My Lords, I have it in command from Her Majesty the Queen and His Royal Highness the Prince of Wales to notify the House that, having been informed of the purport of the Trustee Bill, have consented to place their prerogative and interests so far as they are affected by the Bill at the disposal of Parliament for the purposes of the Bill.
My Lords, as I indicated on Report, it has become necessary to introduce amendments at this late stage to take into account the coming into force of the Cathedrals Measure 1999 since the original publication of this Bill. I was grateful on that occasion to the noble Lords, Lord Kingsland and Lord Goodhart, for their generous indications that they were unlikely to find fault with them.
The provisions of the 1999 Measure are brought into force through some rather complex transitional provisions which mean, in effect, that the investment powers under the Cathedrals Measure 1963, which before the coming into force of the 1999 Measure applied to all cathedrals, will continue to have effect in respect of cathedrals which do not, for the time being, attract the provisions of the 1999 Measure. Once a cathedral attracts the 1999 provisions, the 1963 provisions will cease to have effect in relation to that cathedral. This group of four amendments sets out to achieve that end in respect of the powers of investment granted to cathedral bodies which, under both Measures, are derived from the 1961 Trustee Investments Act. With your Lordships' leave, I shall speak to these four amendments together.
Amendment No. 1 simply removes from Part III of Schedule 2 the amendment which was originally to be made to the 1963 Measure. Amendment No. 2 makes an amendment to the 1999 Measure, substantially similar to that removed by the Government's first amendment today, substituting the general power of investment in this Bill for the powers in the Trustee Investments Act 1961.
Amendment No. 3 makes provision such that for as long as the 1963 Measure continues to apply to any cathedral, the powers of investment that derive from it shall be the general power of investment under this Bill. Amendment No. 4 is entirely consequential and adds to Part II of Schedule 4 the details of the repeal carried out by Amendment No. 2. I beg to move.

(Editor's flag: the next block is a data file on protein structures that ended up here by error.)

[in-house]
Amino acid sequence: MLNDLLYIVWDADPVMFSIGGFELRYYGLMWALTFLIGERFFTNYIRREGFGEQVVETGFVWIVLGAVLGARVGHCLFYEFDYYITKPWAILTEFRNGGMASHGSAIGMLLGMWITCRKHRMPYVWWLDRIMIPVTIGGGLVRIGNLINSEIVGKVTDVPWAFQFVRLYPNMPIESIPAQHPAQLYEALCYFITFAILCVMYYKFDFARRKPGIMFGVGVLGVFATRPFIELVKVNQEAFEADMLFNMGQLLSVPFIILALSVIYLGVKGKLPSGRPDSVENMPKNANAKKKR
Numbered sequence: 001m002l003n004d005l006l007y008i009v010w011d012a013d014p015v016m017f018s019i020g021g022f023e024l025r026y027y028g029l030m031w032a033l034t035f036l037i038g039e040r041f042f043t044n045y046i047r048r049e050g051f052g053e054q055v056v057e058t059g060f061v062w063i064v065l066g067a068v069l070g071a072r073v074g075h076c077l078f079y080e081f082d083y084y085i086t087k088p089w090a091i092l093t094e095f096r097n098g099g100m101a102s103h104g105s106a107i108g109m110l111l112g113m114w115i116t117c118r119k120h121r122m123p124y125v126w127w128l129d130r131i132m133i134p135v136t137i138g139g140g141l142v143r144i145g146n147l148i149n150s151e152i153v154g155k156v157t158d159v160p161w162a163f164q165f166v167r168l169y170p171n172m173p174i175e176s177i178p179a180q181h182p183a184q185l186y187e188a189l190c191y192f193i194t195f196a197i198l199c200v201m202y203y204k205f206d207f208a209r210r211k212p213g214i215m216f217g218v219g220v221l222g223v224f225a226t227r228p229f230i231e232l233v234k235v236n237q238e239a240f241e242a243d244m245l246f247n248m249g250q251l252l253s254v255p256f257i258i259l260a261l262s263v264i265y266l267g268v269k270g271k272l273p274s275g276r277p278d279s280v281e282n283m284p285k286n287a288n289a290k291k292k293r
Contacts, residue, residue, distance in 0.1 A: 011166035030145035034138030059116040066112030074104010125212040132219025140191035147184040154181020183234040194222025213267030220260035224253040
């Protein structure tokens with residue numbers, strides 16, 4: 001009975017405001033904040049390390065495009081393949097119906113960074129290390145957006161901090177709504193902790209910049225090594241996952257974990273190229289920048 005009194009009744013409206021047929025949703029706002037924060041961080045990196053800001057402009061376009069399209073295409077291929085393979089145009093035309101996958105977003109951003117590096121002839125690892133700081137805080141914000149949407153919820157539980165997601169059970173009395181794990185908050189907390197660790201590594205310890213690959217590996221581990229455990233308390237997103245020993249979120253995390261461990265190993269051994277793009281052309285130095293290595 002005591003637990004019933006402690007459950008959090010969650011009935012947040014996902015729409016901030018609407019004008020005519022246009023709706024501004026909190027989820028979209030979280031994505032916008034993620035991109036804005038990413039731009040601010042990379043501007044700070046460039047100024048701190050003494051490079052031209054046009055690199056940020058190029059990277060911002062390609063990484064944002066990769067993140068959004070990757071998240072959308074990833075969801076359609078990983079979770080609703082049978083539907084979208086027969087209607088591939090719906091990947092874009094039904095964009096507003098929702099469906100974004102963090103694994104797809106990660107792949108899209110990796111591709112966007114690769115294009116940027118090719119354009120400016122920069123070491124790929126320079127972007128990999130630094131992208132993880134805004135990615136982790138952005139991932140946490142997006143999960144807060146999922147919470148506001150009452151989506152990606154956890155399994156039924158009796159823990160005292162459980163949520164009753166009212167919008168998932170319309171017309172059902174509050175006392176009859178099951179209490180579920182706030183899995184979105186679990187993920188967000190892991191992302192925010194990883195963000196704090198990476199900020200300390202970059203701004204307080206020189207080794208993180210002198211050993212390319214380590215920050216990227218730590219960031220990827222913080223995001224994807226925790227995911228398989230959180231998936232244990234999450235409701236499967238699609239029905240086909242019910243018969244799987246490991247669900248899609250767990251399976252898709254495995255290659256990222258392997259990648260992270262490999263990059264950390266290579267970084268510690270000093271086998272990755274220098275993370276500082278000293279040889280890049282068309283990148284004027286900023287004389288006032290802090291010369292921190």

My Lords, as always, I shall be happy to correspond with the noble Earl and to give him the guidance that he seeks--at no cost to himself.
moved Amendments Nos. 2 to 4:
Page 27, line 19, at end insert--
("The Cathedrals Measure 1999 (No. 1)
. In section 16 (cathedral moneys: investment powers, etc.), in subsection (1)--
(a) for paragraph (c) substitute--
"(c) power to invest in any investments in which trustees may invest under the general power of investment in section 3 of the Trustee Act 2000 (as restricted by sections 4 and 5 of that Act),", and.
(b) omit the words from "and the powers" to the end of the subsection.").
Page 28, line 19, at end insert--
("The Cathedrals Measure 1963 (No. 2)
. While section 21 of the Cathedrals Measure 1963 (investment powers, etc. of capitular bodies) continues to apply in relation to any cathedral, that section shall have effect as if--
(a) in subsection (1), for paragraph (c) and the words from "and the powers" to the end of the subsection there were substituted--
"(c) power to invest in any investments in which trustees may invest under the general power of investment in section 3 of the Trustee Act 2000 (as restricted by sections 4 and 5 of that Act).", and.
(b) in subsection (5), for "subsections (2) and (3) of section six of the Trustee Investments Act 1961" there were substituted "section 5 of the Trustee Act 2000".").
Page 29, line 31, at end insert--
|("1999 No. 1.||The Cathedrals Measure 1999.||In section 16(1), the words from "and the powers" to the end of the subsection.")|
My Lords, perhaps I may ask for your indulgence to make a very brief statement. As a Member of the Delegated Powers and Deregulation Committee I am exposed, if that is the word, to all Bills which come to your Lordships' House. This encourages me to make one comparative comment. The Bill, which I hope will pass shortly, is fairly short, well focused and quite clear. It is a Bill which reduces burdens rather than adds new ones. The noble and learned Lord the Lord Chancellor has been not only courteous throughout the passage of the Bill, but he and his department were ready to listen and to engage in open discussion. The amendments moved were not afterthoughts or remedies of bad drafting, but the result of debate--and they were produced on time. The result is that some of us are left with a feeling of considerable satisfaction. I am, certainly, and I participated throughout.
I want to thank the noble and learned Lord the Lord Chancellor for reminding us that such sentiments are possible at the end of the debate on a Bill. I wonder whether he will find it possible to inform some of his ministerial colleagues of this practice.
My Lords, the noble Lord is very kind. He has succeeded in cheering me up. I shall draw his words to the attention of my colleagues.
On Question, Bill passed, and sent to the Commons